Barrel, which does not have standard dimensions on its length and width, is a form in Ottoman swords and differs from European swords by this feature. Ottoman swords such as Ertugrul’s and Fatih’s swords were made with a slight slope from the tip of the blade and a one-sided sharp edge. This slope is certainly given according to certain technical measures to provide ease and efficiency in the use of it. This curvature is also observed in Indian, Iranian, and Mamluk swords.
The most characteristic feature of Turkish swords is the obtaining of the steel used in the barrels and the application of ornamentation, decoration, and calligraphy on these barrels with an advanced technique according to the age. Also, Chinese ambassadors who went to Mongolian country during the time of Genghis Khan wrote that they ordered the Swords of Mongol generals and armies, who did not know how to process steel, to Uyghur Turks. The Turkish society, which has a historical background and mastery both in the construction and use of it, continued this feature also during the Ottoman period.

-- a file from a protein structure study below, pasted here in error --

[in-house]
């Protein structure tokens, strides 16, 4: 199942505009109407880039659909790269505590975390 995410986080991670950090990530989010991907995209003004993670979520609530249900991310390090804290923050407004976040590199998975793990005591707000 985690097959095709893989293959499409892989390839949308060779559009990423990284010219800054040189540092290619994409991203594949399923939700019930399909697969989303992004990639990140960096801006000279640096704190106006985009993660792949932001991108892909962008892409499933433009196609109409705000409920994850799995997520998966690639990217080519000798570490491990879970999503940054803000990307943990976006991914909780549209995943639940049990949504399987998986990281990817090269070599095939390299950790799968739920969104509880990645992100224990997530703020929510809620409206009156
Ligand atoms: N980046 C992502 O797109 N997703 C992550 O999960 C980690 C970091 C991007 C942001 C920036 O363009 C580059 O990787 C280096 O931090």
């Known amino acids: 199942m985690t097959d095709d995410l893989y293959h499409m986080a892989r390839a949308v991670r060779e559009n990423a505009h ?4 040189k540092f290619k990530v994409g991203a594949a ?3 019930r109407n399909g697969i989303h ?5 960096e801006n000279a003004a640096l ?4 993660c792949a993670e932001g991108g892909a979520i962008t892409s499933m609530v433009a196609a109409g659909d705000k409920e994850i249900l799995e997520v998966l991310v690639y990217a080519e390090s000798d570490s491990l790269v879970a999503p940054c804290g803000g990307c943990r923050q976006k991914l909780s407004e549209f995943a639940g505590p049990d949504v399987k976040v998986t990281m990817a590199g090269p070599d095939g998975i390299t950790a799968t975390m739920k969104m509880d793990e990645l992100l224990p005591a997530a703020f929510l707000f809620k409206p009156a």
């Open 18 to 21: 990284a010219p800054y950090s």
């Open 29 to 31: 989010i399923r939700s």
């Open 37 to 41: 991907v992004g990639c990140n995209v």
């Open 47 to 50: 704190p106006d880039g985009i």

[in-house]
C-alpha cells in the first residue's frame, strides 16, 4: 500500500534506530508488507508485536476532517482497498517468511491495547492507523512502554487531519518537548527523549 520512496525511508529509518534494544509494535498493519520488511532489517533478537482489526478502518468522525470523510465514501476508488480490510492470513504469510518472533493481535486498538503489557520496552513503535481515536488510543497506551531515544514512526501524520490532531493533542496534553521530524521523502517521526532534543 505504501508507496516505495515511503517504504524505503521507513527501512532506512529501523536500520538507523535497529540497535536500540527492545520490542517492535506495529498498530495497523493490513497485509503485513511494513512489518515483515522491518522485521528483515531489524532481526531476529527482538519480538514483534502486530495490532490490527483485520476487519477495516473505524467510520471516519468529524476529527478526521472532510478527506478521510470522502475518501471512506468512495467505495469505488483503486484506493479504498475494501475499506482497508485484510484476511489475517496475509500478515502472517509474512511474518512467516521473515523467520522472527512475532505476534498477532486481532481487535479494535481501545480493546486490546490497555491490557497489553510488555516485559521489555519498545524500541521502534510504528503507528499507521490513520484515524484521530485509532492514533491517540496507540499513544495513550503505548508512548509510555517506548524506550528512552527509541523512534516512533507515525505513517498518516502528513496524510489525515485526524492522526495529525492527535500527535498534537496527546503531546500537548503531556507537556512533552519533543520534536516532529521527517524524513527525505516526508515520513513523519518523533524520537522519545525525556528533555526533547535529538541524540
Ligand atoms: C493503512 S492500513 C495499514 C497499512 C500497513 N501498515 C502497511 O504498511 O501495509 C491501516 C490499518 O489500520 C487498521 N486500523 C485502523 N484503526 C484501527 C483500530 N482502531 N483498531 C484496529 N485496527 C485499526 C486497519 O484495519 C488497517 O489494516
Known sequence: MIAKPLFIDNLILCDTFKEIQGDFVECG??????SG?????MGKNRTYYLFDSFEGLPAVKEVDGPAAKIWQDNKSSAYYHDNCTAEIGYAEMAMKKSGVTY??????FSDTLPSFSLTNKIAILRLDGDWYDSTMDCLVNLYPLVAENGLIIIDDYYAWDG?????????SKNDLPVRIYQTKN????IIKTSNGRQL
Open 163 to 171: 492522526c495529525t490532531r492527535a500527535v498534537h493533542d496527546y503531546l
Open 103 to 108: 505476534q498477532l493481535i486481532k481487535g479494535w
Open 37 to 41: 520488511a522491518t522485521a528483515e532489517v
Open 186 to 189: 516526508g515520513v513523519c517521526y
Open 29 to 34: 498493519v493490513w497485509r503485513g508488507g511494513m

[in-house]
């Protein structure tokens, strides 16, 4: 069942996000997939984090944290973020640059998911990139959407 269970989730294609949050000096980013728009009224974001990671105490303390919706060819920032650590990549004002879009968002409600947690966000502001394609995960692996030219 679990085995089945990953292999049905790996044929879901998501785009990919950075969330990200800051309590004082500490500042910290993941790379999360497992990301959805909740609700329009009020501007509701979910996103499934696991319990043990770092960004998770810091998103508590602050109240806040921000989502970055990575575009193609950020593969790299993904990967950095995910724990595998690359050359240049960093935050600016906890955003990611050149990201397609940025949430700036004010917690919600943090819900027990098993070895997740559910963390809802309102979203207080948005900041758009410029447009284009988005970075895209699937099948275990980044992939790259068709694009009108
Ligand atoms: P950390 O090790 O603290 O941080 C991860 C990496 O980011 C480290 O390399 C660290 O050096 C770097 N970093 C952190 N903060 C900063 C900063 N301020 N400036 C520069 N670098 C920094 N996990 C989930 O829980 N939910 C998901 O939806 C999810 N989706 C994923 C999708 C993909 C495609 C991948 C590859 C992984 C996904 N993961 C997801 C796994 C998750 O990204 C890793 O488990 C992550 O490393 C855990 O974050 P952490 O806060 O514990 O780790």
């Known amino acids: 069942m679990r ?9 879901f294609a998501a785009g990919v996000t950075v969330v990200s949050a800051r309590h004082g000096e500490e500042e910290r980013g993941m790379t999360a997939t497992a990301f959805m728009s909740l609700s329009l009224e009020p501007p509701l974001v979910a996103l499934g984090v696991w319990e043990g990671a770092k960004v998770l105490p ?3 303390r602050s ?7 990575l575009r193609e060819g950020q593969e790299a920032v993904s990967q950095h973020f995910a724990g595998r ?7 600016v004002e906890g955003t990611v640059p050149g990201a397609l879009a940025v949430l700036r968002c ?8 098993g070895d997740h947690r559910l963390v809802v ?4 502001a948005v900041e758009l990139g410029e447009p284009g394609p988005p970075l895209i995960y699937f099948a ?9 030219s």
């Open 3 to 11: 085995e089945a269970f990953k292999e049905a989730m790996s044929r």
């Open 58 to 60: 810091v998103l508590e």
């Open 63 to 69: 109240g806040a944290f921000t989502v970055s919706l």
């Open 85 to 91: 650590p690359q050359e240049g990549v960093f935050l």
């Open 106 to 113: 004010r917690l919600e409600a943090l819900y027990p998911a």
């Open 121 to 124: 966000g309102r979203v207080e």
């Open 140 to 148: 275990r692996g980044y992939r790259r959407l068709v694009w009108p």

In Turks, a cavalry nation, it is natural that the sword is a vehicle that every person carries.
Turks have opened ages with horses and swords throughout history and closed ages. It has been accepted as sacred in Turks. Iron and the fire that melted it were considered to have a great spiritual aspect. For this reason, the Turks, who showed great respect to iron, also respected it and made their vows on it.
It was carried out by Turks who found good sword making iron. The Turkish swords, whose wedges of the wedges are called the barrel, were made of wrought iron, and their weights were made so that their weights were collected.
Its shape was re-beaten at every break or break. Turks have demonstrated superior skill in making and using it, and have made great progress in the technique of using it. The swords made with special formulas have accomplished great things in skilled wrists. The wrist, which cut a camel pup in two in a single shot, again split an Atlas in two with a single stroke, straightening the felt made in layers.
Turkish swords, which are adorned with a fine and delicate appearance in the elegance of a decorative item, today adorn the museum showcases of domestic and foreign collections bear the identity of a relentless weapon in the hands of master Turkish warriors who break apart armors and helmets.